In addition, it is possible to notify OFII of any vulnerability element identified after the “interview” whether it has been conducted or not. When the asylum seekers benefit from legal and social assistance, from orientation platforms for example, it is possible for them to address OFII with a medical certificate. However, for asylum seekers living in camps or on the streets, it is particularly difficult for them to have their vulnerability taken into account.

For asylum applications made at the border or in detention, OFPRA has developed a system for the signalling of vulnerabilities in places of detention. Any person authorised to be present in waiting zones, including the NGOs accredited to that effect, can alert OFPRA of the existence of vulnerabilities through a functional email address. This possibility seems marginally used in practice, as only one referral was made in 2017 and none in the first quarter of 2018.[5] Further information on this for the year 2019 was not available at the time of writing.

Age assessment of unaccompanied children

Age assessment is not conducted in the framework of the asylum procedure in France but as a prerequisite to benefitting from the Childcare Protection system. The age assessment procedure and criteria are detailed in a legal framework of 2016,[6] which establishes the elements to be taken into account to determine the applicant’s minority:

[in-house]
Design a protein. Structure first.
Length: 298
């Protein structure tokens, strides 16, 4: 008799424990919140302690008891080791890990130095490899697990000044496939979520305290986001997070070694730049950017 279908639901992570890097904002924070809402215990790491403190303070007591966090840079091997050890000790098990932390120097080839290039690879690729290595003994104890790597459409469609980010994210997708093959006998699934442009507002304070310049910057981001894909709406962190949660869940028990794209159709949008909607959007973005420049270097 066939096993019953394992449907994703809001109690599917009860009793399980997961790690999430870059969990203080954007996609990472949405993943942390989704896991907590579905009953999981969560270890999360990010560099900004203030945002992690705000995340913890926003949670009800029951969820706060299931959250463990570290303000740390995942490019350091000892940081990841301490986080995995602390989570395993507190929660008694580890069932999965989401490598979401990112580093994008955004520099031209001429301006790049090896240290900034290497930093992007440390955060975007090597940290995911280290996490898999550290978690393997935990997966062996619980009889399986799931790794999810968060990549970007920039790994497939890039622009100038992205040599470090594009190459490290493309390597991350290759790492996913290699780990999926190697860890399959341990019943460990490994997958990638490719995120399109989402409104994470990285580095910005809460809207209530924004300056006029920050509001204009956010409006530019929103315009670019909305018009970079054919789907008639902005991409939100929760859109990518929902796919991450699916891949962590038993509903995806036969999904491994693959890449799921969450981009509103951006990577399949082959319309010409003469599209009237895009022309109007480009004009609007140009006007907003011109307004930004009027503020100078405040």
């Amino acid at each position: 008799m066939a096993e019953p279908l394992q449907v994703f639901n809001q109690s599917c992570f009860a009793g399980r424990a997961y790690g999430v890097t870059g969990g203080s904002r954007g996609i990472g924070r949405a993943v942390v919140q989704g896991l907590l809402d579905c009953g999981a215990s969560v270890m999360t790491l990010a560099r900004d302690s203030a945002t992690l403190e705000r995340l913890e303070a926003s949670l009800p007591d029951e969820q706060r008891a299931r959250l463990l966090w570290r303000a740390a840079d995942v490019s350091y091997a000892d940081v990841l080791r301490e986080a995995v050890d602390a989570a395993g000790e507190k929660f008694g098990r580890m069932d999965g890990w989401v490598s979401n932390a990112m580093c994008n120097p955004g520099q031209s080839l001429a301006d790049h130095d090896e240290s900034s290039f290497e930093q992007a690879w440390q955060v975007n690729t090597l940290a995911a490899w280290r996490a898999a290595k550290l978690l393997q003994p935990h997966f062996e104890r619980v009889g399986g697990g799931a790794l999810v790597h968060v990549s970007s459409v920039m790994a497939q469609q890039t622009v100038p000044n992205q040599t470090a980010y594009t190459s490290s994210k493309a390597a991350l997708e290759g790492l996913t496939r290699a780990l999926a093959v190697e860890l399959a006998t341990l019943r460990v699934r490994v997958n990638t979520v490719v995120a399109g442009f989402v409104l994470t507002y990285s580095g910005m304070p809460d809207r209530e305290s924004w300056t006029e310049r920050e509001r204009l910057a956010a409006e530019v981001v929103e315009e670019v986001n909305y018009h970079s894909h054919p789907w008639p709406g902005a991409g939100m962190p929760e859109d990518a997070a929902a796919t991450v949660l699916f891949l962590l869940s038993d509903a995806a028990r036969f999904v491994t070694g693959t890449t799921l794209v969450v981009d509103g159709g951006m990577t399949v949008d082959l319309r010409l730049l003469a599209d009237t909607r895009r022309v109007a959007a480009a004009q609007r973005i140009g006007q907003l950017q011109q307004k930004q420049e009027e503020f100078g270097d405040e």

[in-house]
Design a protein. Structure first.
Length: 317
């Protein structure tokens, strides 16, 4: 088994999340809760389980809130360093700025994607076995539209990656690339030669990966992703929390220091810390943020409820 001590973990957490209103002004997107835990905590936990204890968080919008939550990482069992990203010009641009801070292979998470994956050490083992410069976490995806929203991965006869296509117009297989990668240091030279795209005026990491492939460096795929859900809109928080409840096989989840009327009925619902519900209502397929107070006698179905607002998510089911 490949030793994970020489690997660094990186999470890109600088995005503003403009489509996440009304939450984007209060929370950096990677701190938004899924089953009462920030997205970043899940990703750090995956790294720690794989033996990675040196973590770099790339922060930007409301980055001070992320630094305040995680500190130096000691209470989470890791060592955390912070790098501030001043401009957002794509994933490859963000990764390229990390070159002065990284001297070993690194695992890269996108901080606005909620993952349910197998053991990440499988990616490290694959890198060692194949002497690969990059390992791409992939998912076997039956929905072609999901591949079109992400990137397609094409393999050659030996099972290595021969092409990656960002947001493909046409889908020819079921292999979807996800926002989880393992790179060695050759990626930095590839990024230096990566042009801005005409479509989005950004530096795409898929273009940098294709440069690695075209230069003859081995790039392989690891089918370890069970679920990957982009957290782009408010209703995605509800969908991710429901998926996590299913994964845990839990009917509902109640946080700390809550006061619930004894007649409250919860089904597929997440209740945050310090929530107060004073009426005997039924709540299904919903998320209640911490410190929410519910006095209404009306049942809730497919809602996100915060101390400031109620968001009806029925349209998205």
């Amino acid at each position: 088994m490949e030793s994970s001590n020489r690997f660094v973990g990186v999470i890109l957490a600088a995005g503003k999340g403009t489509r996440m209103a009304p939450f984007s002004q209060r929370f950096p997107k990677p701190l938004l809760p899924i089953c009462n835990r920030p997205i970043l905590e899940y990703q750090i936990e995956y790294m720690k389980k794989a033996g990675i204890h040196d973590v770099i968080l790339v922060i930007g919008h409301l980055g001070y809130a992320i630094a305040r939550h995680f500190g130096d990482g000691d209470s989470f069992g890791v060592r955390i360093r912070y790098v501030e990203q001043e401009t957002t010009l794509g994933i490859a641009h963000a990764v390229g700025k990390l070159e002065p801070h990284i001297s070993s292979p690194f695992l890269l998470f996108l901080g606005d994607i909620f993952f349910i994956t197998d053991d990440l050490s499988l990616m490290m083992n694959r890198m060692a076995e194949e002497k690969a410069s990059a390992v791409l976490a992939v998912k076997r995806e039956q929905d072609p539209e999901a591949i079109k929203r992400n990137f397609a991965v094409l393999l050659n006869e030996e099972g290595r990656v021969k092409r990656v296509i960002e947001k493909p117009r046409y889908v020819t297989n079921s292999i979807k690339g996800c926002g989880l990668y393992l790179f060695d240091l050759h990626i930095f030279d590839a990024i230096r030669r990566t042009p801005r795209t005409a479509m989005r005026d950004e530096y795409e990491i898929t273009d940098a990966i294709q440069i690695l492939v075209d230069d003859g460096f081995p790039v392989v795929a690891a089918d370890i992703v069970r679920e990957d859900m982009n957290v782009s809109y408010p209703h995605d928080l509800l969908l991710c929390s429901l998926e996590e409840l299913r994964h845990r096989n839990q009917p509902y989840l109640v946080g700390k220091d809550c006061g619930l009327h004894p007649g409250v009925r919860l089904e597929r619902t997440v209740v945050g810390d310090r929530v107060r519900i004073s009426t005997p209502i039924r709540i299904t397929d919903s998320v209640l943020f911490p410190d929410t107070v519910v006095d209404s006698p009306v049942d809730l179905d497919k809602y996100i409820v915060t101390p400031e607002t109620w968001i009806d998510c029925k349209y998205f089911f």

• The minor has to be informed of the objectives of the evaluation and its potential effects;
  • This assessment has to be conducted in a multidisciplinary approach;
  • The assessor must have strong knowledge of migratory routes, the situation in the country of origin, childhood psychology and children rights;
  • Particular attention must be paid to potential cases of human trafficking;
  • The interview must be conducted in a language spoken by the interviewee; and
  • The outcome of the interview must be held in a written decision notified to the interviewee, and mention the legal remedies against it.

Methods for assessing age

In practice, bone examinations continue to be implemented even when unaccompanied children possessed civil status documents. According to some stakeholders, some young people, in particular those above 16, are subjected to several medical examinations until it can be established that they are 18. In 2016, the Children’s Ombudsman (Défenseur des enfants) introduced recommendations in order to avoid bone examinations and recommended that unaccompanied children shall benefit from all procedural safeguards when the authenticity of the documents proving their minority is questioned.[7] The Ombudsman has recalled this position many times in 2016, holding that the social evaluation had to prevail over the bone examination, in particular when the lack of authenticity of the identity documentation has not been proved.[8]

In his 2017 report, the Ombudsman pointed out that the difficulties persisted: bone examinations are maintained, some unaccompanied children are denied care and evaluation without justification, regardless of whether they have identity documents or not, as refusals are often based on racial profiling. At the same time, other children have to wait without accommodation or in really bad emergency housing during the really long examination of their situations.[9]